Requiem for an Empire?

In 06 Conclusion on 2011/08/13 at 1:22 PM

When the western portion of the Roman Empire collapsed in 476,  there was chaos.  It seemed impossible; the Roman Empire was dead.  Into the breech would step the Church, the only institution left standing.

The Church alone survived as a unified, multi-national force for order.  The Church possessed laws, an educated hierarchy respected for fairness and an inclination towards charitable works. It would be the popes who guided; the monks would be the transmitters.  Benedict, the counterpart of  Basil, would establish monasticism in the West.

The goal of Benedict’s Rule was to imitate, as much as possible, the life of Christ.  And, through chastity, prayer, work , lead a life of service.  This meant  doing whatever corporal or spiritual work was needed, in moderation, without frenetic activity; always remembering that  to work is to pray.

Popes sent monks as missionaries to Christianize pagan barbarians.  The popes saw the future of the civilized world and the of Church in the conversion of the vast populations of Barbarians (the primitive Germanic tribes in particular) beyond the former boundaries of the empire.

First, would come civilizing the barbarians; then, their Christianization.  The monasteries were known as a source of information on agriculture, husbandry and architecture.  The Barbarians also sensed something of God Himself in the kindness of these good monks.

The new mission outreach was rural at first rather than the urban focus of the East.  As in the early days of Christianity, it was the spoken word rather than the written word that made converts.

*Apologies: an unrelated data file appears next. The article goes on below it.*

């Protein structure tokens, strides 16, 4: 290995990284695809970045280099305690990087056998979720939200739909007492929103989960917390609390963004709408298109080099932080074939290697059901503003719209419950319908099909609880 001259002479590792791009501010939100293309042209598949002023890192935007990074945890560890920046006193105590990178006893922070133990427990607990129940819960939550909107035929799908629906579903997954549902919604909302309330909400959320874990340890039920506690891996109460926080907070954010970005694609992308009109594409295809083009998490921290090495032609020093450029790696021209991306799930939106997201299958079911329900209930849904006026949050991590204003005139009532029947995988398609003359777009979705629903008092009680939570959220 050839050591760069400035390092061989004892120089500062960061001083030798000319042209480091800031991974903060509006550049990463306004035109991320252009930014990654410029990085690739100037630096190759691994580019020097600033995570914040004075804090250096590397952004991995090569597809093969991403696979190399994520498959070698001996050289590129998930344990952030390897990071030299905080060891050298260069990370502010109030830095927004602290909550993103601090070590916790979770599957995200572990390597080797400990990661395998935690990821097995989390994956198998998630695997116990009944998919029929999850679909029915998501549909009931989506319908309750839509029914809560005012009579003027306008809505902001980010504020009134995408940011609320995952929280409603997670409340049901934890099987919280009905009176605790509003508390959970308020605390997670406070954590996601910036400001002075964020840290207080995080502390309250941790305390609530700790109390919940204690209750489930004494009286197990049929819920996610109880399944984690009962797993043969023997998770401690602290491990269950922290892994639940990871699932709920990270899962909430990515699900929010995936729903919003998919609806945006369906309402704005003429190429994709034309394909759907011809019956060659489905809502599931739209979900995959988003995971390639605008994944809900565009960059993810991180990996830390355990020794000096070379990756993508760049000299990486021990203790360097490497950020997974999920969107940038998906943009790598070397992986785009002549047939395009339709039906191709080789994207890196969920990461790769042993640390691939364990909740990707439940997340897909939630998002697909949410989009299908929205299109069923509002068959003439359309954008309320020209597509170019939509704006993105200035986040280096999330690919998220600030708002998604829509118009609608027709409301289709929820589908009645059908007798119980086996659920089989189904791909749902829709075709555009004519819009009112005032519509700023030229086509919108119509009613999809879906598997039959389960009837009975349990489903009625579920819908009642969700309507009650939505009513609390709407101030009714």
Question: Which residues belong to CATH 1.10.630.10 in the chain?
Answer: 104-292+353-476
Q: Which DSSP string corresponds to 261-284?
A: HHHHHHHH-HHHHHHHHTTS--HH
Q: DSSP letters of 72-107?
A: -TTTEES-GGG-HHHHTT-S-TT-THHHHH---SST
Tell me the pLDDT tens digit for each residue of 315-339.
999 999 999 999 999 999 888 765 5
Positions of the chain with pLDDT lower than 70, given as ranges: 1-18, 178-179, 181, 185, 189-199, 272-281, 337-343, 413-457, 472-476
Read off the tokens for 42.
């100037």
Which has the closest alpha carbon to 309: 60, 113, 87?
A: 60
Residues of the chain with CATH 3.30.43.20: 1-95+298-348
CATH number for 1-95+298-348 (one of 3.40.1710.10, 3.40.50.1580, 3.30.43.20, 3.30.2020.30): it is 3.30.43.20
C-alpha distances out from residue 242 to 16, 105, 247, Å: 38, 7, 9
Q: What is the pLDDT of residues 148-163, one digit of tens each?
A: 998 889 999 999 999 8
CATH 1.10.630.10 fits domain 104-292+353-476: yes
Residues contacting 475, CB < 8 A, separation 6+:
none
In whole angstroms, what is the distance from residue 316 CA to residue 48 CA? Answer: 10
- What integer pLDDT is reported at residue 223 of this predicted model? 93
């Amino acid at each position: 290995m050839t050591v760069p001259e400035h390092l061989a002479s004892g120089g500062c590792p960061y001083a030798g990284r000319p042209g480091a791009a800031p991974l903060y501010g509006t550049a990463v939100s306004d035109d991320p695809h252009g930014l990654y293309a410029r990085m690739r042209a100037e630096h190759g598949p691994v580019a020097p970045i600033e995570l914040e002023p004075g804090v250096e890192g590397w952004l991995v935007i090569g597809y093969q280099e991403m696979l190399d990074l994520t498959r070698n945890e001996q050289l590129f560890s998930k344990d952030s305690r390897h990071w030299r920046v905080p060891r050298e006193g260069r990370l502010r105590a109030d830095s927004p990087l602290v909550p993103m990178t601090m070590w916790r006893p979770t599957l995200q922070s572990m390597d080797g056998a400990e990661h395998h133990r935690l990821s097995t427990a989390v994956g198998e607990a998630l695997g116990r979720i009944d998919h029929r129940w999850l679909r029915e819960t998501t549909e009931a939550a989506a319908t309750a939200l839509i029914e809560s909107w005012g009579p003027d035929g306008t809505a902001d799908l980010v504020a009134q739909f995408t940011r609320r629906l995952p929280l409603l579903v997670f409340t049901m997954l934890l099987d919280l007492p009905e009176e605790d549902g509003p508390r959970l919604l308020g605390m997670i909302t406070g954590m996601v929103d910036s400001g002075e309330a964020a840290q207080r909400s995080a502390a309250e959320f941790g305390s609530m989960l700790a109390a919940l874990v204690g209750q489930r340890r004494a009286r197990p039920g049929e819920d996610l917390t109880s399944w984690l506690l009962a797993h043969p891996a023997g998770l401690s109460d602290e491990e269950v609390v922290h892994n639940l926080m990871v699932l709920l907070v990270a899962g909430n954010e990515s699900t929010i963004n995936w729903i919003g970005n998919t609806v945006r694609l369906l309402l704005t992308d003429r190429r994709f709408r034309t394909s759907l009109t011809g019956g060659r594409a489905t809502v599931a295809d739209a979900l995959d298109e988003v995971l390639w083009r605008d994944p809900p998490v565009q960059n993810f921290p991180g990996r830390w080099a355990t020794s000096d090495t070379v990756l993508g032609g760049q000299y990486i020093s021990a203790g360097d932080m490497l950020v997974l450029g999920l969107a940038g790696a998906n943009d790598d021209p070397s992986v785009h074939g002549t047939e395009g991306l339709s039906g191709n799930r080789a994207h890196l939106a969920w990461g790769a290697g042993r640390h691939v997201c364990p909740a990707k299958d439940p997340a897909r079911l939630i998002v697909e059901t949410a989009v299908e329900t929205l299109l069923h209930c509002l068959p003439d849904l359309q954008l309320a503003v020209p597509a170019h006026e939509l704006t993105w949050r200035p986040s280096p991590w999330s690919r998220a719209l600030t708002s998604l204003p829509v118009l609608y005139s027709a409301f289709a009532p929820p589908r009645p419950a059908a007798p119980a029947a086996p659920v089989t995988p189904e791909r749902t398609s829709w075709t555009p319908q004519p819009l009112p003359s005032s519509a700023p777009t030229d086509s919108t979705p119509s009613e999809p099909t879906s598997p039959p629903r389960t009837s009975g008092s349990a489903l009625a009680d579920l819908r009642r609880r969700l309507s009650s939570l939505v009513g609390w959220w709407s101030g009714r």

From the wreckage of Rome, a network of Catholic monastic scholars preserved law, language and literature transmitting the heritage of classical Greece and Rome.  Patrick, for example, would  teach the Irish Latin through the Scriptures and the Classics.  Then, the Irish became the tutors of the English who in turn became tutors of the Germans, resulting in bringing God to the Barbarians and the West being referred to as Christendom, the Catholic Civilization as it was known for 1,500 years before being called Europe.

Later, the question would arise: What authority did the pope have over Christendom’s  political structure?

A future pope, Gregory VII, would explain that  the pope is neither king nor emperor, having no temporal power (other than the papal states).  As Vicar of the Church, he is, rather, the moral judge of kings and emperors with God-given authority to bind and loose.  The Pope is a moral judge, not merely a teacher, a delegate of Christ’s authority to absolve and condemn. (Judging is not the same as governing.)  It is not his role to establish a theocracy; however, he has a duty to assert his God-given authority to call all men to moral account for their actions.

The Book of Hebrews spells out a Christian’s duties in 13:7: “Remember your leaders, those who spoke to you the word of God; consider the outcome of their life, and imitate their faith.”  He continues in 13:17: “Obey your leaders and submit to them; for they are keeping watch over your souls, as men who will have to give account.”

So, as with all empires before her, Rome fell, and time brought about her requiem.  And, as the requiem Mass promises to all the Faithful, death brought about a new life, a new civilization of order, of Faith, of a Church founded on the footprint of Rome.  Life was, as it will be through Christ, victorious over death.


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